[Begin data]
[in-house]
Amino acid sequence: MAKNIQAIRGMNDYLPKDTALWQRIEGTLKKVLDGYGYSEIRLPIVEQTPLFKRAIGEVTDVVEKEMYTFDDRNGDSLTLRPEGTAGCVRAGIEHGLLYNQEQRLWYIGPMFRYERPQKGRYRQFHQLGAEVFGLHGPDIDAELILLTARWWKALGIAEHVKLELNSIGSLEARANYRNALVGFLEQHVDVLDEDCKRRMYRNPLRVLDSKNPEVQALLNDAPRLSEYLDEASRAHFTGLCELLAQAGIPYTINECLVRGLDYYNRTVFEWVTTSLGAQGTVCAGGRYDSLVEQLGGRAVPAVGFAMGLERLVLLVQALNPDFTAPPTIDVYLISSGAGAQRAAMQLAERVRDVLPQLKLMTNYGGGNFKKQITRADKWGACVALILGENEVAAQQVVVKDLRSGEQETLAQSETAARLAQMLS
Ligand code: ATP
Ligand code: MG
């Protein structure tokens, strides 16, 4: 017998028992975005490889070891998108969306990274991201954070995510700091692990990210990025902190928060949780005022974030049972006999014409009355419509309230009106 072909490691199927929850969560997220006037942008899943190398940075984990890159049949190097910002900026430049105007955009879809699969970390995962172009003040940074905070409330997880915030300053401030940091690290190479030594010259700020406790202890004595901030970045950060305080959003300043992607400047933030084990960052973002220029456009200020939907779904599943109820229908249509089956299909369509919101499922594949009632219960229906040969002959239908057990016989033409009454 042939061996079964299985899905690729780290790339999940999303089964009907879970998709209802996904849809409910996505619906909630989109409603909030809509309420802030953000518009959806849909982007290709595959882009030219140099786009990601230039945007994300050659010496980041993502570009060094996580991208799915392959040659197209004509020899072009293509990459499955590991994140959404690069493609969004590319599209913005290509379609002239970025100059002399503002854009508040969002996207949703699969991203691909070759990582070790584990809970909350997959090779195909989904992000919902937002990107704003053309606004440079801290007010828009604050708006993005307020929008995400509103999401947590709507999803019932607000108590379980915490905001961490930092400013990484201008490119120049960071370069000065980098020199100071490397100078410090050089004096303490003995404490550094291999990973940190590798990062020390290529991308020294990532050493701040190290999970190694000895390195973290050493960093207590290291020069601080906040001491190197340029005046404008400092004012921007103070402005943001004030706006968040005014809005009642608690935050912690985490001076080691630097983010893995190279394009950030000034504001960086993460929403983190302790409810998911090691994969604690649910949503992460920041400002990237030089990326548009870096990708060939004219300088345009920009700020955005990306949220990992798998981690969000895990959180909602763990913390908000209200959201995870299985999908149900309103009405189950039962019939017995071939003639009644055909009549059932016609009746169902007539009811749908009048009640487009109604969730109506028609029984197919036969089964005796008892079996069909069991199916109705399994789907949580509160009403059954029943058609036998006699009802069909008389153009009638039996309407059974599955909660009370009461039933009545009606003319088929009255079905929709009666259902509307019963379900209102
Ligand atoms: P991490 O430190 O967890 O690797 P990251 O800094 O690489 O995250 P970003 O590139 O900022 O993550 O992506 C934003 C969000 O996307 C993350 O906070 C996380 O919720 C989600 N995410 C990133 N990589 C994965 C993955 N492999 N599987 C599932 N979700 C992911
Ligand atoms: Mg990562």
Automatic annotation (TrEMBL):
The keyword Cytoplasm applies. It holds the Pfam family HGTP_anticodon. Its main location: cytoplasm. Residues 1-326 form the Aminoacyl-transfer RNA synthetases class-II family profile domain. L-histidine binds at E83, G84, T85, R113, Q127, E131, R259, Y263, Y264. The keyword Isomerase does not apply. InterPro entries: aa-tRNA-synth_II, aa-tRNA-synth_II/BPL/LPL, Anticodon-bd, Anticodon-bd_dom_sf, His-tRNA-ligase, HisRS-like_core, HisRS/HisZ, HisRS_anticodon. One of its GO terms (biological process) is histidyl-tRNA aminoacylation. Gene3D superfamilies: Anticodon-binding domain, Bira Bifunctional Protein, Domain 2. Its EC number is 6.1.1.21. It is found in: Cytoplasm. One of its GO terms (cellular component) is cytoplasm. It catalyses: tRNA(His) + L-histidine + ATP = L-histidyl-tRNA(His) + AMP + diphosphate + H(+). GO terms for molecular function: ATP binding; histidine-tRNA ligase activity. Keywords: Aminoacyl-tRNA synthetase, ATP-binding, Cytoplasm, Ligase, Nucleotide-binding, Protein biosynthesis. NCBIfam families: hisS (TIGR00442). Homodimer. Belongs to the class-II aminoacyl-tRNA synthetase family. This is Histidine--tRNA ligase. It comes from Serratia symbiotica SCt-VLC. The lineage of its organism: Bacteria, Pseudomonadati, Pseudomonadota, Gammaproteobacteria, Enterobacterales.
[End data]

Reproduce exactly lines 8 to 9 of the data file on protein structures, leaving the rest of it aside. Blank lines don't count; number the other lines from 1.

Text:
Automatic annotation (TrEMBL):
The keyword Cytoplasm applies. It holds the Pfam family HGTP_anticodon. Its main location: cytoplasm. Residues 1-326 form the Aminoacyl-transfer RNA synthetases class-II family profile domain. L-histidine binds at E83, G84, T85, R113, Q127, E131, R259, Y263, Y264. The keyword Isomerase does not apply. InterPro entries: aa-tRNA-synth_II, aa-tRNA-synth_II/BPL/LPL, Anticodon-bd, Anticodon-bd_dom_sf, His-tRNA-ligase, HisRS-like_core, HisRS/HisZ, HisRS_anticodon. One of its GO terms (biological process) is histidyl-tRNA aminoacylation. Gene3D superfamilies: Anticodon-binding domain, Bira Bifunctional Protein, Domain 2. Its EC number is 6.1.1.21. It is found in: Cytoplasm. One of its GO terms (cellular component) is cytoplasm. It catalyses: tRNA(His) + L-histidine + ATP = L-histidyl-tRNA(His) + AMP + diphosphate + H(+). GO terms for molecular function: ATP binding; histidine-tRNA ligase activity. Keywords: Aminoacyl-tRNA synthetase, ATP-binding, Cytoplasm, Ligase, Nucleotide-binding, Protein biosynthesis. NCBIfam families: hisS (TIGR00442). Homodimer. Belongs to the class-II aminoacyl-tRNA synthetase family. This is Histidine--tRNA ligase. It comes from Serratia symbiotica SCt-VLC. The lineage of its organism: Bacteria, Pseudomonadati, Pseudomonadota, Gammaproteobacteria, Enterobacterales.